[the ocean photos are courtesy of Ningaloo Reef Dreaming]
Mom and I were not brave enough to go on this day adventure.
Nathan and Dad had booked this whale shark adventure a month in advance. It was the whole reason we took a 4-day trip to Ningaloo reef. Whale sharks are the largest fish in the world and eat plankton, not juicy tourists.
They woke up Monday morning at 6 a.m. and made a ton of noise in the shower and kitchen, waking up the rest of us. A bus picked them up at the hotel’s reception and they drove to where the boat was waiting.
Nathan and Dad’s group were the only ones that didn’t cancel the trip due to the weather. Four other companies cancelled their tour because of the rough weather and drove their buses back to town.
There were 18 other eager whale shark enthusiasts with Nathan and Dad. After taking a little dip in the reef to confirm swimming abilities, they headed out a couple miles from shore.
Mom and I stayed in the hotel room that morning. The weather outside was getting stormier, the clouds blackened and the wind started howling.
Back on the boat, Nathan and Dad were getting the rundown on whale shark safety. They were asked to not get in front of the shark and stay away from the massive tail.
Nathan started feeling dizzy right before the practice snorkel when the boat stopped moving and was then influenced by the wonderful rolling waves. When in the water, he didn’t really improve much and felt like burping but due to the snorkel he was forced to hold it in, in hindsight he realizes this may have been the wrong decision.
Back on the boat the “weak stomach syndrome” spread among the group as the first few group members saw their breakfast again in partially digested form. Nathan was one of the first to get sea sick, followed closely by Dad; there was also a French couple that was in all sorts of trouble.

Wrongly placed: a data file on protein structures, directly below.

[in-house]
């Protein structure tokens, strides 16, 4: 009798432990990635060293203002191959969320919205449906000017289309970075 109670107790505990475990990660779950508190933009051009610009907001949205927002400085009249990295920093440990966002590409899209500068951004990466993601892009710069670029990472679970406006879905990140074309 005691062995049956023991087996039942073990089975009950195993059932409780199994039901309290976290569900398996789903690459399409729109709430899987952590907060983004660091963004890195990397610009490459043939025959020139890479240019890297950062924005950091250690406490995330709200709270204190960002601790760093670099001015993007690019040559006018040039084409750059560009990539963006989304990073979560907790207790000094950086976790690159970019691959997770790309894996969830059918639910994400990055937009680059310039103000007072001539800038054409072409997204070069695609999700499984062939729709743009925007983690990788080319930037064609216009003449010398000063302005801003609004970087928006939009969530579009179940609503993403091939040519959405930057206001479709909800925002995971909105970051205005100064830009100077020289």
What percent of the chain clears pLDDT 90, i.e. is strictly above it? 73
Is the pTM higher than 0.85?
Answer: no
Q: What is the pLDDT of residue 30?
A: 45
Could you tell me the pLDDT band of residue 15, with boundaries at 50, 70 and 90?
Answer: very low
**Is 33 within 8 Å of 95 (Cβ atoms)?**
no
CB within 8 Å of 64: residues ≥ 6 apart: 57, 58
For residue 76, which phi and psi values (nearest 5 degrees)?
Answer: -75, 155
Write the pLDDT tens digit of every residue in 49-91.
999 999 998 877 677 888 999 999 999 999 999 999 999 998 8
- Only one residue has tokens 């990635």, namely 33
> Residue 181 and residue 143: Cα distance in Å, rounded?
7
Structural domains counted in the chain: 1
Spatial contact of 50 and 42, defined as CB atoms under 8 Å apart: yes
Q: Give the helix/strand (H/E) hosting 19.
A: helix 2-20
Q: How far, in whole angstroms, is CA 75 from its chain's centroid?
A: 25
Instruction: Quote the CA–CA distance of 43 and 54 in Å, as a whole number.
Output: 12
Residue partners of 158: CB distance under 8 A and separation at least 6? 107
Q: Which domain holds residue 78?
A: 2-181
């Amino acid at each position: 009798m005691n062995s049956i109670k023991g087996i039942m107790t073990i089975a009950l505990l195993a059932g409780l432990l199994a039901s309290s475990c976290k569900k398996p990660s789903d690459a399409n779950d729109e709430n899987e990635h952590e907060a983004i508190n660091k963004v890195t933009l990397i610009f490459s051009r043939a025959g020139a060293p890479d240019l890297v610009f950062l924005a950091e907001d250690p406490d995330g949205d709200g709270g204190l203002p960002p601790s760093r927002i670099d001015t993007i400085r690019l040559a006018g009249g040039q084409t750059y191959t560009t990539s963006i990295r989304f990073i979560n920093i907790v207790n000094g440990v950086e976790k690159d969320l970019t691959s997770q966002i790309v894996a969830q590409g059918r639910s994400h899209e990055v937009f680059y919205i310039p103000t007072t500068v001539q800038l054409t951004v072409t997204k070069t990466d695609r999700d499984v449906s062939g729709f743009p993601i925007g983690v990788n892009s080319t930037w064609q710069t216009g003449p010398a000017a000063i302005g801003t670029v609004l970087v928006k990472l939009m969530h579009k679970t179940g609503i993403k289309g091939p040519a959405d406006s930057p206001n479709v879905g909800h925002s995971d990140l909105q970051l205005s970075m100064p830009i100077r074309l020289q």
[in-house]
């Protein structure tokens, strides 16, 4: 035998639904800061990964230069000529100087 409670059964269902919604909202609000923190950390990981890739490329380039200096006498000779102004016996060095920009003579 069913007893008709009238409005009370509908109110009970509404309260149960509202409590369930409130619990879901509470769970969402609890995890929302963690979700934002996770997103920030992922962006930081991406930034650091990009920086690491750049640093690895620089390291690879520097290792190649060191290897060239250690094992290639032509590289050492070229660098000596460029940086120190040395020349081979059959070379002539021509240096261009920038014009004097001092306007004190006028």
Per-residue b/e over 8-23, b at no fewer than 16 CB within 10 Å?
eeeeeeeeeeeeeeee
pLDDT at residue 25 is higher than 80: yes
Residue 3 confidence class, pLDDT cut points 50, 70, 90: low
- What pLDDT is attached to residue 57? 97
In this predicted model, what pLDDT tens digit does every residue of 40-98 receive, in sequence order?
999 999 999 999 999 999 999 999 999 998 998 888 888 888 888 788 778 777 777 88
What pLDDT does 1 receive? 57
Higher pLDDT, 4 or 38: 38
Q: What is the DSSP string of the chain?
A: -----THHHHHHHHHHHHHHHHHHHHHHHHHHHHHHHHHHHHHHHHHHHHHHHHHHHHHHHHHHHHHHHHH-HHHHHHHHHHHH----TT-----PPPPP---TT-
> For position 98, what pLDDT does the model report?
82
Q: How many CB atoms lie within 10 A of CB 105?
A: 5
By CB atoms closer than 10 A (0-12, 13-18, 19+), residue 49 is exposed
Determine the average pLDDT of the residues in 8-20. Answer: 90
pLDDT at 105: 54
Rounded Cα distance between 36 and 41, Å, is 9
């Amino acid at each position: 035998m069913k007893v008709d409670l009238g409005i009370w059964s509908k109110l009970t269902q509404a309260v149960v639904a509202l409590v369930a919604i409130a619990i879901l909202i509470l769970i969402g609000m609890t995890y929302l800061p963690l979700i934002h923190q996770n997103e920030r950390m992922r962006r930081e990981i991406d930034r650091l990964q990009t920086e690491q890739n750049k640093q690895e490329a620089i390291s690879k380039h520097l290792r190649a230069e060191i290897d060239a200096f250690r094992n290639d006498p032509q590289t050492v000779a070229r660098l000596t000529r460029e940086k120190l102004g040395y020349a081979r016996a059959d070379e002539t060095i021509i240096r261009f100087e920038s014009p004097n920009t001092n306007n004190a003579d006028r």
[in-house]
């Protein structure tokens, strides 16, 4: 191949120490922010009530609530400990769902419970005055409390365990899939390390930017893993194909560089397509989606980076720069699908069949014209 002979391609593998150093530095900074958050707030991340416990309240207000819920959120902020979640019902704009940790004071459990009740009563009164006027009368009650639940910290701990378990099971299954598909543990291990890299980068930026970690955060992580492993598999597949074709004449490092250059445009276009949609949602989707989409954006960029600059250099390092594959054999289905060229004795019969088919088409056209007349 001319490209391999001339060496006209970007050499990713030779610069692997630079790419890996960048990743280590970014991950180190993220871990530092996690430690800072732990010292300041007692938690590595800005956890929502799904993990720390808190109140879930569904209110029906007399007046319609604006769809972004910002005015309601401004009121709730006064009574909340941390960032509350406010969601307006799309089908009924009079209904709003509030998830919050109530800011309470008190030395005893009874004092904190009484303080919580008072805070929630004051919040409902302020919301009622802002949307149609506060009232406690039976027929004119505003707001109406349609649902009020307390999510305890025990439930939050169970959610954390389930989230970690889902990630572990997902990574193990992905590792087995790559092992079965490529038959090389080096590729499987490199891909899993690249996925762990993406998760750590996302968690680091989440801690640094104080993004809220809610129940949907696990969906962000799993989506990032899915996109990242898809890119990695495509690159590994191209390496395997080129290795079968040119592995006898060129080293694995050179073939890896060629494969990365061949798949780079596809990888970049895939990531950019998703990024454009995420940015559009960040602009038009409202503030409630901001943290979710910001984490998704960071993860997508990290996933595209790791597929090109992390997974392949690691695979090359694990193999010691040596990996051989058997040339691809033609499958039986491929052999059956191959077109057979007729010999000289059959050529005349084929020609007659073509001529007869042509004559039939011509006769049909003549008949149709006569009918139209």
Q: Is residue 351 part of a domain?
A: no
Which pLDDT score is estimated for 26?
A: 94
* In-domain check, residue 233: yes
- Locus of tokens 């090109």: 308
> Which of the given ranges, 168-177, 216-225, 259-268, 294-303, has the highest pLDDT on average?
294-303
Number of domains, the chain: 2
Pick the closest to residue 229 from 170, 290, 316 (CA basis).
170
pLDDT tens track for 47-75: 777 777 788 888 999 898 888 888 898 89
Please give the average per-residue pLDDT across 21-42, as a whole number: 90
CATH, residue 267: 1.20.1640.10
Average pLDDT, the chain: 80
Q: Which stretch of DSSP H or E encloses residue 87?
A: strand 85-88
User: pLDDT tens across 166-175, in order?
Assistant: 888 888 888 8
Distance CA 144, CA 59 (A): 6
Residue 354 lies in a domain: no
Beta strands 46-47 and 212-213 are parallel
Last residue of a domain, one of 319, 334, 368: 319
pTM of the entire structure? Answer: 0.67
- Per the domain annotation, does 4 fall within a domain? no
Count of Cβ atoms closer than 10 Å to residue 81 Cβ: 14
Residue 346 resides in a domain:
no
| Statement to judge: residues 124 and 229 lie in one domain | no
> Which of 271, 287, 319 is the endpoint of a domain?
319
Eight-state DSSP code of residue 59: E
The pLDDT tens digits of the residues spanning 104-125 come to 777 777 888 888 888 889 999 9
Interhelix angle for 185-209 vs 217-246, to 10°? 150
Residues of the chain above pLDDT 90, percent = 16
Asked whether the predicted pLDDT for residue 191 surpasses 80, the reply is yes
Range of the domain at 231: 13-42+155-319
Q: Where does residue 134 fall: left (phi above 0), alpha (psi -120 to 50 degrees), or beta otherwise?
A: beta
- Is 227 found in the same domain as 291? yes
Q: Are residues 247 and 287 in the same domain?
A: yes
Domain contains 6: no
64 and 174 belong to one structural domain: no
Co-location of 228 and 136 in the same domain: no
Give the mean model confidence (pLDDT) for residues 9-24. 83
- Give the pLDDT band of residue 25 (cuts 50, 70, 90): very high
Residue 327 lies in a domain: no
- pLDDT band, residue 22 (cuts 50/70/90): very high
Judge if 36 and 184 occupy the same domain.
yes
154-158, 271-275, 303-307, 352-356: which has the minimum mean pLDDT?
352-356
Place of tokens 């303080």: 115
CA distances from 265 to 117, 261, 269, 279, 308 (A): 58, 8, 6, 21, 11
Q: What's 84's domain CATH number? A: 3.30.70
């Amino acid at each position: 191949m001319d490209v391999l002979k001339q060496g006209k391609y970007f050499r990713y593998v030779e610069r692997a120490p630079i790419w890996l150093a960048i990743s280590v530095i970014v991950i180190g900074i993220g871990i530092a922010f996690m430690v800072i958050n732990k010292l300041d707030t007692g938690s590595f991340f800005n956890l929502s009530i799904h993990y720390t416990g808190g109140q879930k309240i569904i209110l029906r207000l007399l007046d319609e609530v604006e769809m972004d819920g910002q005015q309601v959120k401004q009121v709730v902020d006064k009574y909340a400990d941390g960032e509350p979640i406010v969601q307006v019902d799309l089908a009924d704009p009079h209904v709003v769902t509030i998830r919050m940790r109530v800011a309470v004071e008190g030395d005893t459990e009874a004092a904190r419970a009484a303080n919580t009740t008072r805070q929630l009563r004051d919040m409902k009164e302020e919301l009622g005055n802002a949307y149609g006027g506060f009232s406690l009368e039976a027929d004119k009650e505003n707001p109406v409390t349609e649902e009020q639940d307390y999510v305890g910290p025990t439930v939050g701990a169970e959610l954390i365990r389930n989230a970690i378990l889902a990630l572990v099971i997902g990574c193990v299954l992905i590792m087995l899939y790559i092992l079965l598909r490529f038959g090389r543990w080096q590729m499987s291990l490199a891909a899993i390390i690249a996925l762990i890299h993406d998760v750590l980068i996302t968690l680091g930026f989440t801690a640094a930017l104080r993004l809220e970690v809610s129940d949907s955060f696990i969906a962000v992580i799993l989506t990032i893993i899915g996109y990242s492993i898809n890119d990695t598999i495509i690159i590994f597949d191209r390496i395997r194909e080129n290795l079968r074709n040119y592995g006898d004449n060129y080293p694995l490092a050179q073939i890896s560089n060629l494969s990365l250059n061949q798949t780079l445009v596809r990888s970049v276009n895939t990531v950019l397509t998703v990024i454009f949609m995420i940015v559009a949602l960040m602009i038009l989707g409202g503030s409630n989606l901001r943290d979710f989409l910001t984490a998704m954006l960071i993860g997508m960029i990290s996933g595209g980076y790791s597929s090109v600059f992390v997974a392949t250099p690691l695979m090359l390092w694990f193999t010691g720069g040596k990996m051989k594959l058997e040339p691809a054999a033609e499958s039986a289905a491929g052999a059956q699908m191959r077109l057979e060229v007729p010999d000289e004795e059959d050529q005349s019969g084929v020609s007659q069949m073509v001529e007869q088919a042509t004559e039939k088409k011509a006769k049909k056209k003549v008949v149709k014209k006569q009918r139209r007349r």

Several people were lined up at the back of the boat, hurling over the side. They were told not to go to the back unless they were actually going to get sick.
Nathan and Dad were sea sick and vomiting the whole time. Nathan felt the worst. He lost the yogurt he had for breakfast and began seeing yellow bile.
Nathan spent so much time at the back of the boat he slammed his knee against the side from all the rocking.
When they got the message from the circling plane above that a whale shark was spotted, the captain shouted, “Whale shark! Whale shark!” And everyone quickly ran to the back of the boat and quickly put on their gear (wet suit, snorkel and fins) in anticipation of jumping into the path of a giant fish.
Excited and weak from lack of food, they jumped off the boat into the deep water and tread water until the shark came into their path.
Nathan and Dad said it was magical and majestic, worth every hour of nausea. The shark has a wide mouth and a beautiful pattern of dots on its body. It glided through the water, aware of the floating humans nearby, yet calm.
The boat spotted four whale sharks that day. They are usually lucky to spot only two. Dad jumped in the water five times to see the sharks, but Nathan was getting extremely weak and sick and sat out the last two jumps.
Nathan is on the right, waving to signal that he saw the shark. He’s got the lime green snorkel piece.
They all rolled themselves onto the moving boat. The viewing had finished and they got dry and dressed, reflecting on the sharks. The company had included a delightful feast for the hungry swimmers, but not many were feeling up to eating. Notice their faces and how disgusted they are by the sight of the food.